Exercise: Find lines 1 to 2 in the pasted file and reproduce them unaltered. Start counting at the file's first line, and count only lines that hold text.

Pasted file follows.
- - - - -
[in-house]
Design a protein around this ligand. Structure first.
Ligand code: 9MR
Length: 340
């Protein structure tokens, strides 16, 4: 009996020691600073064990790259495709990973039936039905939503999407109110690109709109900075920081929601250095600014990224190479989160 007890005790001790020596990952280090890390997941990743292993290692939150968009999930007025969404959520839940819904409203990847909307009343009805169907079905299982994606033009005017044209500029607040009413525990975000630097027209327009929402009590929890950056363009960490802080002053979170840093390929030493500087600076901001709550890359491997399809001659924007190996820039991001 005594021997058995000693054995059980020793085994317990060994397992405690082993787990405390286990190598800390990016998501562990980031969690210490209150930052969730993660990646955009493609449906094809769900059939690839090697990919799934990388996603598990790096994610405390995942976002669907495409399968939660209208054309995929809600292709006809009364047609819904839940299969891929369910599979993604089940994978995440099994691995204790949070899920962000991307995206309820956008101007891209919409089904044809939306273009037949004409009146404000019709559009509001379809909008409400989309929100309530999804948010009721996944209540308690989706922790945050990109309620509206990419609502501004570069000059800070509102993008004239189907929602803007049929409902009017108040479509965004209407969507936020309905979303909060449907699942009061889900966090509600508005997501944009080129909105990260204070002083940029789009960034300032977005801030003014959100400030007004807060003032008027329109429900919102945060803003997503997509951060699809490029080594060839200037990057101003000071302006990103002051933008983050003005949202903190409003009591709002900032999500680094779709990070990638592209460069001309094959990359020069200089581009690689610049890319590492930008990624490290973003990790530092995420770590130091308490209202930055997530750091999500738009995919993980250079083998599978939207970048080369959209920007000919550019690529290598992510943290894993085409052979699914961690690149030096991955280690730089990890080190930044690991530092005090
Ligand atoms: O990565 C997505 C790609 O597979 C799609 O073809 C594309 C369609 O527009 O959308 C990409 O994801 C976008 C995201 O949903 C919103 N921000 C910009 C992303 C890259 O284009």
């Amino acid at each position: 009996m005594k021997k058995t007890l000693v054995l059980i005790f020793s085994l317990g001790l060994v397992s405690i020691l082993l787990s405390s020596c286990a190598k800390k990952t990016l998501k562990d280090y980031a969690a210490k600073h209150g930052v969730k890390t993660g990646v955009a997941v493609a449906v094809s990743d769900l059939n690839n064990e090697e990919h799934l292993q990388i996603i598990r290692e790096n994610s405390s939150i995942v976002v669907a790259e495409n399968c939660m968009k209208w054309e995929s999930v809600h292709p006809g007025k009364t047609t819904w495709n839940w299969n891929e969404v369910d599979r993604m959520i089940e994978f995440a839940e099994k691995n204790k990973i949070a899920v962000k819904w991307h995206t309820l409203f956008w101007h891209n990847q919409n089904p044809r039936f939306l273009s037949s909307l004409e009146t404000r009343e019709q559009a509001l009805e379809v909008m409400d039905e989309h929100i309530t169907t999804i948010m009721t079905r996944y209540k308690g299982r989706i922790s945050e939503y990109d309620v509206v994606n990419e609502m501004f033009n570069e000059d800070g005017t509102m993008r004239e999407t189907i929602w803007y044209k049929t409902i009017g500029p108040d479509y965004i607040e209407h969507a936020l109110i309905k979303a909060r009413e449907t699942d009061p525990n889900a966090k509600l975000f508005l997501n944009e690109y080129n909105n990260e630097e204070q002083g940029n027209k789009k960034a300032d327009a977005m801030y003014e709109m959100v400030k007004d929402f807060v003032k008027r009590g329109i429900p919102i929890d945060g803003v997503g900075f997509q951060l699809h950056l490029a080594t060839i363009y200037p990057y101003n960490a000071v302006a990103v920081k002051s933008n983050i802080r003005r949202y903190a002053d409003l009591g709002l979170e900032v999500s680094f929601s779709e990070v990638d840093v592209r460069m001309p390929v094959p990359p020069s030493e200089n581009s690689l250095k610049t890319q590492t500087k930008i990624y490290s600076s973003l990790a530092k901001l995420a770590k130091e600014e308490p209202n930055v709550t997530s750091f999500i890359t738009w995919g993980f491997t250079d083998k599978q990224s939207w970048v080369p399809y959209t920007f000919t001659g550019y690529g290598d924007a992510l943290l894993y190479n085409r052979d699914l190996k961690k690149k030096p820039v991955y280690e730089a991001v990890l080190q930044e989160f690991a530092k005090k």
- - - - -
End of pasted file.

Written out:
[in-house]
Design a protein around this ligand. Structure first.